The article below, first published in Industrial Fire World in 2008, takes on a new significance in light of the ongoing COVID-19 pandemic. It details how one St. Louis hospital dealt with a hazardous materials emergency on its own doorstep.
Almost all the initial information about a Labor Day weekend hazardous materials emergency that spread from an Illinois packaging plant to four hospitals in and around St. Louis, shutting down two major emergency rooms for nearly a day, proved to be wrong, said John Mueller, Director of Safety, Security, and Emergency Preparedness at one of the hospitals.
He was first told that two children were exposed to an unknown chemical while playing in a trash dumpster.
"I said ‘Okay, bag the kid’s clothes, put them in a negative pressure room and I’ll contact the hazmat team for St. Louis County,’" Mueller said. "Then I was told that they came by ambulance from East St. Louis."
That did not add up. An ambulance would not bring emergency pediatric patients to a hospital almost 30 miles away, crossing the Illinois-Missouri state line in the process, Mueller said.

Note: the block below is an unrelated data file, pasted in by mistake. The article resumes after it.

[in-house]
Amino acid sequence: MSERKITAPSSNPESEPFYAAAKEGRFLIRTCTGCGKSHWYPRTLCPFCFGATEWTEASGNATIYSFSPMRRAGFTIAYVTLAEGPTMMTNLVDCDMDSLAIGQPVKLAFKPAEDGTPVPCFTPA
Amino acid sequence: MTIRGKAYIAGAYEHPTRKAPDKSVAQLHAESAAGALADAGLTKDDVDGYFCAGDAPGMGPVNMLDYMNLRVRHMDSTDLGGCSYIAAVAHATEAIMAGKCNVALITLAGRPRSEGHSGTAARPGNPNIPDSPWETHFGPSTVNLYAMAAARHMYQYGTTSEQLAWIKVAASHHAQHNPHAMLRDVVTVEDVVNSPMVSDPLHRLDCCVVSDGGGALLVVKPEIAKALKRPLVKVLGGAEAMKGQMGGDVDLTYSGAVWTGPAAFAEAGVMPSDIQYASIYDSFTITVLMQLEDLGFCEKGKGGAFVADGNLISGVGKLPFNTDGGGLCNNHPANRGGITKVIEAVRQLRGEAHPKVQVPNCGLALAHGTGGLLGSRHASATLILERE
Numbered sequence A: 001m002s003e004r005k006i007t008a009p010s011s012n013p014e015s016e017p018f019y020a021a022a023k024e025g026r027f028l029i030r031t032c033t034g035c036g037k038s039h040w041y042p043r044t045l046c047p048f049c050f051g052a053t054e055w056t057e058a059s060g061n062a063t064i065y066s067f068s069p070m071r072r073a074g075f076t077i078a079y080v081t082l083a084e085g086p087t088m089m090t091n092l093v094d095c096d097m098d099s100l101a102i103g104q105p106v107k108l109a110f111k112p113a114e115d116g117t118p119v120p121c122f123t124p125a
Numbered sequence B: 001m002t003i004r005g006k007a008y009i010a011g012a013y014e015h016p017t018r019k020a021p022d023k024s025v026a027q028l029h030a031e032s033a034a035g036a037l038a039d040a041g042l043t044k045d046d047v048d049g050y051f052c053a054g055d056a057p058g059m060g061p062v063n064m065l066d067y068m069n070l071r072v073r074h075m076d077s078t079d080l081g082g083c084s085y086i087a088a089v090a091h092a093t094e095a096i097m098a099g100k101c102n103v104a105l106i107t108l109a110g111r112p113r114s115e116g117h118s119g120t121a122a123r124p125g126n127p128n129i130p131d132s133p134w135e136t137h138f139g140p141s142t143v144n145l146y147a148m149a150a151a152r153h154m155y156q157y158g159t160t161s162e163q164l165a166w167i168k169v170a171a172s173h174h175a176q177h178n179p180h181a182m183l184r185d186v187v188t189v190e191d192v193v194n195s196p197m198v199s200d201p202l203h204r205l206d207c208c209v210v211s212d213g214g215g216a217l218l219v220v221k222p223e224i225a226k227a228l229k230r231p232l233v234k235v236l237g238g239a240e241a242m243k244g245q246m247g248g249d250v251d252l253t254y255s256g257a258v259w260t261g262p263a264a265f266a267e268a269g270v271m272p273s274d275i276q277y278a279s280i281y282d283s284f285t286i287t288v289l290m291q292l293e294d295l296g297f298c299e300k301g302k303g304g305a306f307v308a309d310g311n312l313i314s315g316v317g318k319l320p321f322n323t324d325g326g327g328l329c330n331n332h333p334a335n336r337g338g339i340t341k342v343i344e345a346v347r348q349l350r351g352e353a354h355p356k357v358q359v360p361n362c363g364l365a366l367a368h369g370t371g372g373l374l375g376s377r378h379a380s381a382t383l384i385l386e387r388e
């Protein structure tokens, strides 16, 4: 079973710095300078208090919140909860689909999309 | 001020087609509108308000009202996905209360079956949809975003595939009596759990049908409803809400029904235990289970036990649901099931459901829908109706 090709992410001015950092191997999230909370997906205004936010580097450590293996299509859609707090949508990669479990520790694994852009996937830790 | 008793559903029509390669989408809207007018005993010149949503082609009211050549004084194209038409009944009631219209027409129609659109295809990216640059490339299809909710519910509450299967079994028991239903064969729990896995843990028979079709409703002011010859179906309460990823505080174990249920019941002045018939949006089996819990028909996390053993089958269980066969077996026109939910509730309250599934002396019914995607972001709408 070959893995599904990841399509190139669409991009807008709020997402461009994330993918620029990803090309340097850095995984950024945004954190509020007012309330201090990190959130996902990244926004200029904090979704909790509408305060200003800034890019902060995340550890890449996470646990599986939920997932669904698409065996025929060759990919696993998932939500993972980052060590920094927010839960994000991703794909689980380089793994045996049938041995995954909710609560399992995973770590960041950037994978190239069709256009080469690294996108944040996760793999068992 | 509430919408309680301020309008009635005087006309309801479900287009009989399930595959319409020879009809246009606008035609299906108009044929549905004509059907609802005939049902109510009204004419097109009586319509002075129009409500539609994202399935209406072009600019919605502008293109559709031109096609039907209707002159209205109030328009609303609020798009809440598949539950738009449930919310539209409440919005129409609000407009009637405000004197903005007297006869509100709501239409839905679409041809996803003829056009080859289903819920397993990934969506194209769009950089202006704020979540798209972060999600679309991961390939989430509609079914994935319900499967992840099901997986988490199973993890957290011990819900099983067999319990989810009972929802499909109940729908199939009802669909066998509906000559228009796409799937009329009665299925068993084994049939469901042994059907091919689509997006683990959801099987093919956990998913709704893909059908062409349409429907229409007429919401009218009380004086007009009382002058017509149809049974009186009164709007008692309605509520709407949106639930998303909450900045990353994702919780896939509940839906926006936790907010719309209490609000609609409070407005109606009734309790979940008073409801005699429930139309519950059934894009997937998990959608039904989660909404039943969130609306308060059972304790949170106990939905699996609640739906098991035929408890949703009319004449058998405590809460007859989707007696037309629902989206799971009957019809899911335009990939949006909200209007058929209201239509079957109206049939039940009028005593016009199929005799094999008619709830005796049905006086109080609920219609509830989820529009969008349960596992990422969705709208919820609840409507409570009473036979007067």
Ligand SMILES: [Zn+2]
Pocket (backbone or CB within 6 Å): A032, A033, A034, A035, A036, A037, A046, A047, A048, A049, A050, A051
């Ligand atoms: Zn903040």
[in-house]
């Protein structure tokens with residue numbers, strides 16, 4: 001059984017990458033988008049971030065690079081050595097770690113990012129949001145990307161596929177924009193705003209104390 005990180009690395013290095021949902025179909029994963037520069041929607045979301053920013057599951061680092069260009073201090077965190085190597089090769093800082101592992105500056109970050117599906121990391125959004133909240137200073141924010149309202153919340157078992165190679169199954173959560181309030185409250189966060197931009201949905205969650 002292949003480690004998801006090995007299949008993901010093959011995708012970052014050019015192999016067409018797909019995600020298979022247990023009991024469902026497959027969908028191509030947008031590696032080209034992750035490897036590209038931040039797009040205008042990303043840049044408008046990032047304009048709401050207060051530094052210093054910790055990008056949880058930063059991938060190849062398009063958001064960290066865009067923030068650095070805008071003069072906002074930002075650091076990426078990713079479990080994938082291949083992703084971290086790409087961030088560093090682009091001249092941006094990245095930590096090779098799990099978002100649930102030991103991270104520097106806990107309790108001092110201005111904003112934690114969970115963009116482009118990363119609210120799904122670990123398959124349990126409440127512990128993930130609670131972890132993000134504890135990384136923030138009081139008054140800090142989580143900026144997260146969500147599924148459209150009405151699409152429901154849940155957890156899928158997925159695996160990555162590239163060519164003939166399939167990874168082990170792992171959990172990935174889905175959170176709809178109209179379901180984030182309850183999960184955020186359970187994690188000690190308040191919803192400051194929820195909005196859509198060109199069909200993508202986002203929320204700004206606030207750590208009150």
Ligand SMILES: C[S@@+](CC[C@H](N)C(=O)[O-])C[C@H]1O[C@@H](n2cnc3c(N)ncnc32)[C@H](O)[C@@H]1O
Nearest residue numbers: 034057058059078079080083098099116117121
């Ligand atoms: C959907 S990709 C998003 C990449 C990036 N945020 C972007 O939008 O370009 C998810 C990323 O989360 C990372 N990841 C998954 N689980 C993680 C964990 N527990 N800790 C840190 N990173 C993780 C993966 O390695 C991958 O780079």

By the time Mueller reached the SSM DePaul Medical Center in Bridgeton, a St. Louis suburb, the story had changed. Instead of two children, the patients were three adults who had arrived at the emergency room in a private vehicle. Two of those three patients were seriously ill after direct exposure to a chemical spill at an East St. Louis packaging plant.
Nearly three weeks after the incident, both Mueller and Dolph Jeck, a battalion chief for the Pattonville Fire Protection District who served as incident commander at DePaul, said they remain unclear about exactly what happened at that plant or how eight people sickened by a dangerous chemical ended up seeking treatment so far away.
Somehow, a barrel containing nitroaniline was dropped, exposing workers to the potentially toxic chemical that causes vomiting, convulsions and respiratory arrest. Ideally, the workers would have been transported by ambulance to nearby hospitals, the medical staff on duty advised to prepare by donning personal protective equipment.
But that is not what happened.
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